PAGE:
Stuart M Bennett 2003
Human Flea   Cat/Dog Flea   Rabbit Flea   Bird Flea   Mole Flea 
       Bed Bug     Body Louse    Crab Louse   Mites 

Well... let's get to it, and what better to start with than the good old flea......!!

So what is a parasite?..well it is something which invades our body space such as a fungus, mite or insect. The organism is dependant on our body to live out its own lifestyle without making a useful or adequate return to the host body...namely us..!

Fleas are wingless insects, and are of the Order Siphonoptera, strongly flattened from side to side, that's why you can't squash 'em between your fingers cos they're already squashed.  This tall thin body allows them to move very rapidly among hair or feathers, (all depends what you're wearing) and if all else fails their strong enlarged hind legs will propel them up to 30cm, (approximately 12 inches) this may not sound much, but it is more than 200 times the fleas own body length and is comparable to a man jumping 350 metres.

Each individual flea species is more or less dependant upon it's own host, but in many cases it can also suck the blood of other species.  Of the 50 - 60 different types found in Europe, about half occasionally bite humans, but only the human flea is able to breed on a diet of human blood only.

Flea eggs are smooth, oval and greyish white.  They are about 1/4mm long, so they can be seen by the naked eye.  Unlike louse eggs, they are not attached to hairs but are dropped on the ground and are therefore usually found in the nest or lair of the host ( better keep out of hubbies underpants draw..! ).  The female can lay several hundred eggs in her lifetime, in groups of 4 - 8.  At room temperature they will hatch in about 10 days.  The larva feed on various types of organic matter including the faeces of the adult fleas, which contains undigested blood.  They are white, blind and worm like and they have a row of bristles on each segment.  The duration of development depends largely upon temperature and may vary from 8 to 150 days.  When fully grown the larvae pupate in a cocoon spun from a salivary secretion.  The cocoons are normally covered with dust and are therefore difficult to discern.  The pupal stage may vary from one week to several months.  The adult fleas may remain in the cocoon for a long time - even for years - waiting until an animal comes near them.  Emergence from the cocoons is stimulated by vibration. If an infested house has stood empty for a long time the hungry fleas will start to emerge as soon as the new occupants move in....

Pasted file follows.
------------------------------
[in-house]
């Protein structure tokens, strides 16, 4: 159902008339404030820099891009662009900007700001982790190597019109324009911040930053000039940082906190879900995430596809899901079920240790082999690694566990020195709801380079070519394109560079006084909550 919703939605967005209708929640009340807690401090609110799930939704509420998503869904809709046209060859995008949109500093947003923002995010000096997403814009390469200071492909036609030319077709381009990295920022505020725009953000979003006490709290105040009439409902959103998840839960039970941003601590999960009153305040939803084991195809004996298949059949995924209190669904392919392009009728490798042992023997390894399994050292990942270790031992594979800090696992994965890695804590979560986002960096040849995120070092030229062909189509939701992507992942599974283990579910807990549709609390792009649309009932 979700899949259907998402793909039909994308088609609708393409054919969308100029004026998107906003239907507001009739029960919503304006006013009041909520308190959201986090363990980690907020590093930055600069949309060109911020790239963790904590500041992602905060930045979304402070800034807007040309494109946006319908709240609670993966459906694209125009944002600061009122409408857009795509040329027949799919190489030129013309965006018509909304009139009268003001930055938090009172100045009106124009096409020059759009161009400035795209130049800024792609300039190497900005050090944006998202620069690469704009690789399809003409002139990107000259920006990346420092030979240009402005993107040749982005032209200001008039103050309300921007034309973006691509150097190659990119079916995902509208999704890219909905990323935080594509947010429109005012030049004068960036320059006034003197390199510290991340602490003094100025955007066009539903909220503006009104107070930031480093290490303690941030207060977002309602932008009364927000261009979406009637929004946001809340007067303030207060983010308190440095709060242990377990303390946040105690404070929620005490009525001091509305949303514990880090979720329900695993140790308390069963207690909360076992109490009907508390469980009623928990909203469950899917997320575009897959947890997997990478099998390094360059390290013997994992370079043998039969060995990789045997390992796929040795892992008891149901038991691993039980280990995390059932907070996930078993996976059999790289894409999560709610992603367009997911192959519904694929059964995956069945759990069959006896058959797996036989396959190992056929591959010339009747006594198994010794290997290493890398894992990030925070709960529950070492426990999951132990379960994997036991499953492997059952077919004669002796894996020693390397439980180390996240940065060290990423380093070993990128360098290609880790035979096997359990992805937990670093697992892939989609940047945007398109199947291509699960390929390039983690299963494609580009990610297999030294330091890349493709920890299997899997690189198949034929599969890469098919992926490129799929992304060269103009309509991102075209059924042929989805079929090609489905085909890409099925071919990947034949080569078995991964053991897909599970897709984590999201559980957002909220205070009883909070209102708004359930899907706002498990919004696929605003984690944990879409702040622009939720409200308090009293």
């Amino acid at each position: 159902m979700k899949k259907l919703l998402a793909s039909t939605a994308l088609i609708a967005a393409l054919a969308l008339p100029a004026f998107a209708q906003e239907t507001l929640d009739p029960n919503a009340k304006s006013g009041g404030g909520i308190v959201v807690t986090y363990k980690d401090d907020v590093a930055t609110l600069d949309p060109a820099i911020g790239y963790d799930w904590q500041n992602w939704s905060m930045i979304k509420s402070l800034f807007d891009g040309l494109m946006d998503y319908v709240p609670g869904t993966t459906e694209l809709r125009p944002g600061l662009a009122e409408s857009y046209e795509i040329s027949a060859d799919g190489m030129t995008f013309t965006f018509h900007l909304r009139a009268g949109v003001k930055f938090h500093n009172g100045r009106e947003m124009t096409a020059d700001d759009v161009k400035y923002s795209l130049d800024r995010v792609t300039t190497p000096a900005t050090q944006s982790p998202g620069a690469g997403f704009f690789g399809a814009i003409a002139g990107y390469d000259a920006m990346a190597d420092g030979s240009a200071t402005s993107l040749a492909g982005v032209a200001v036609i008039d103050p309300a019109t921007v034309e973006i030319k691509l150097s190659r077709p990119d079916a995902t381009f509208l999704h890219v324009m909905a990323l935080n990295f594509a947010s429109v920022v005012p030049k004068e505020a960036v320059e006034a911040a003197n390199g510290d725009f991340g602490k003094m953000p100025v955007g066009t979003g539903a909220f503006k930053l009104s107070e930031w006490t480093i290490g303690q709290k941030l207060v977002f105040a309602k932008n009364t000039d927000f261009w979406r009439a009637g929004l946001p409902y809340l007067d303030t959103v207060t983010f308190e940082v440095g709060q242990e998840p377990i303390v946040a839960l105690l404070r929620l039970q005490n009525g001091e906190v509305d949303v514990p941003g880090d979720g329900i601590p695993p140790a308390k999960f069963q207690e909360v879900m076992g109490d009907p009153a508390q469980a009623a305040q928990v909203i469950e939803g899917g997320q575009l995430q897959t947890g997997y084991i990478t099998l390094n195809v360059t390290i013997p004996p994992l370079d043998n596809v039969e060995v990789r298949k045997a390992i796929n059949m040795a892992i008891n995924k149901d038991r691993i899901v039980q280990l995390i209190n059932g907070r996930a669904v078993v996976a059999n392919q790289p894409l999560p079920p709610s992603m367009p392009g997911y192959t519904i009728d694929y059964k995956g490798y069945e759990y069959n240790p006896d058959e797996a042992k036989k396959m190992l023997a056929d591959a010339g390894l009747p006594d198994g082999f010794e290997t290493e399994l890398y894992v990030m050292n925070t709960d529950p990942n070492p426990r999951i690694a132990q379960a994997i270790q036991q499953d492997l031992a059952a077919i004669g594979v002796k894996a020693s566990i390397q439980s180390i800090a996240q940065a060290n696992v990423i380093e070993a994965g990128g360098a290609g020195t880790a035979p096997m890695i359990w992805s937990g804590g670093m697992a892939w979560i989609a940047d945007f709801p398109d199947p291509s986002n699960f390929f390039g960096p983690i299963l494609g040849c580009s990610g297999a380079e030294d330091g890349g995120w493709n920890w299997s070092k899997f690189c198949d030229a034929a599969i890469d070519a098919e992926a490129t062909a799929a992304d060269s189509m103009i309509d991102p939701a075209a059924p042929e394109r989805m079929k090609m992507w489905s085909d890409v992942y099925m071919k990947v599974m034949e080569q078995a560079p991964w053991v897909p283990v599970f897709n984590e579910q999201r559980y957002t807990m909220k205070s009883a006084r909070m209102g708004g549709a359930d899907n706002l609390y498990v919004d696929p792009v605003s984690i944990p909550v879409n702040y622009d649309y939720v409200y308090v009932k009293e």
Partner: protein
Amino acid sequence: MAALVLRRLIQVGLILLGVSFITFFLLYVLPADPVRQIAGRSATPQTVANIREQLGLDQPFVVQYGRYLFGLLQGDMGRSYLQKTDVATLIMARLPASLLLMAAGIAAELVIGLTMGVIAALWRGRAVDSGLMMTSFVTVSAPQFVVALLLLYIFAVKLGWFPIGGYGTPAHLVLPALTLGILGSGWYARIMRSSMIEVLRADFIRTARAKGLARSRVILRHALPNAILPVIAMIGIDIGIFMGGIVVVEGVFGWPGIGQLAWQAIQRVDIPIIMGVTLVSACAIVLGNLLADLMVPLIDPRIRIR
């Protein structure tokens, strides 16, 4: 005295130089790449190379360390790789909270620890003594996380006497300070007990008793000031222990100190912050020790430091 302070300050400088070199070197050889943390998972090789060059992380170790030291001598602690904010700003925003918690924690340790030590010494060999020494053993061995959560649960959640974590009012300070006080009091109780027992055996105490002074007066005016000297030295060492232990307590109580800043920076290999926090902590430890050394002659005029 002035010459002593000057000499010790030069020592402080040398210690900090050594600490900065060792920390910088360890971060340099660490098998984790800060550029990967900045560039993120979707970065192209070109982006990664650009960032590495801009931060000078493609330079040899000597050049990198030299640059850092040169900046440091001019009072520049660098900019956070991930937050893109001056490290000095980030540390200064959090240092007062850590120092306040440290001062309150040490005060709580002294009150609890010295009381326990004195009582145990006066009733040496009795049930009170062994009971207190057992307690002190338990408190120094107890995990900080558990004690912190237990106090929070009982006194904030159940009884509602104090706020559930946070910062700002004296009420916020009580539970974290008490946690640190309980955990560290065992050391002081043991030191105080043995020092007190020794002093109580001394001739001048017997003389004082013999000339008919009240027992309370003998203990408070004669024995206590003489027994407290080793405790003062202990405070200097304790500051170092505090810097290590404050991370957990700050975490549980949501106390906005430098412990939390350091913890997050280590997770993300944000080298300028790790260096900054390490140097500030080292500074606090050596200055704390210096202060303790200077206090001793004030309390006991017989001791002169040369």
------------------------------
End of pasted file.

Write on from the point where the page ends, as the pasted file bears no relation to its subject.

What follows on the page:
Okay, so what can we do when we walk in the front door and all that can be seen are fleas bouncing on the carpet, yes it can be that bad, and yes I've seen it that bad.  In fact I went to one call where a young boy had about 6 or 7 on his tea shirt and the carpet was bouncing...!
(1) First of all get your pet ( or husband/wife...notice the equality ) to the vet, don't get rid of the pet otherwise the fleas will feed on you,
there are some good products on the market which the vet will administer, or you can do it yourself in some cases.
(2) Treat the area where your pet resides, remember what I said earlier on, the eggs drop off into the bedding.
So wash all the bedding at about 60C otherwise you won't kill the eggs. 
(3) If the fleas are in the carpet, then a general spray of the carpet with an insecticide will help to kill off the adults,
      however sprays don't kill the eggs, so the spray needs to be kept active until the eggs hatch.

(4) Eggs are usually laid at the carpet edges, so special attention is needed in these areas. 
Take up the carpet from the gripper and put insect powder along the gripper edges, then replace the carpet.
Don't forget to tell anybody who may come to work on the carpet or floorboards what you have done. (5) If the problem persists, then you will probably have to get someone like me in to carry out an in depth treatment.

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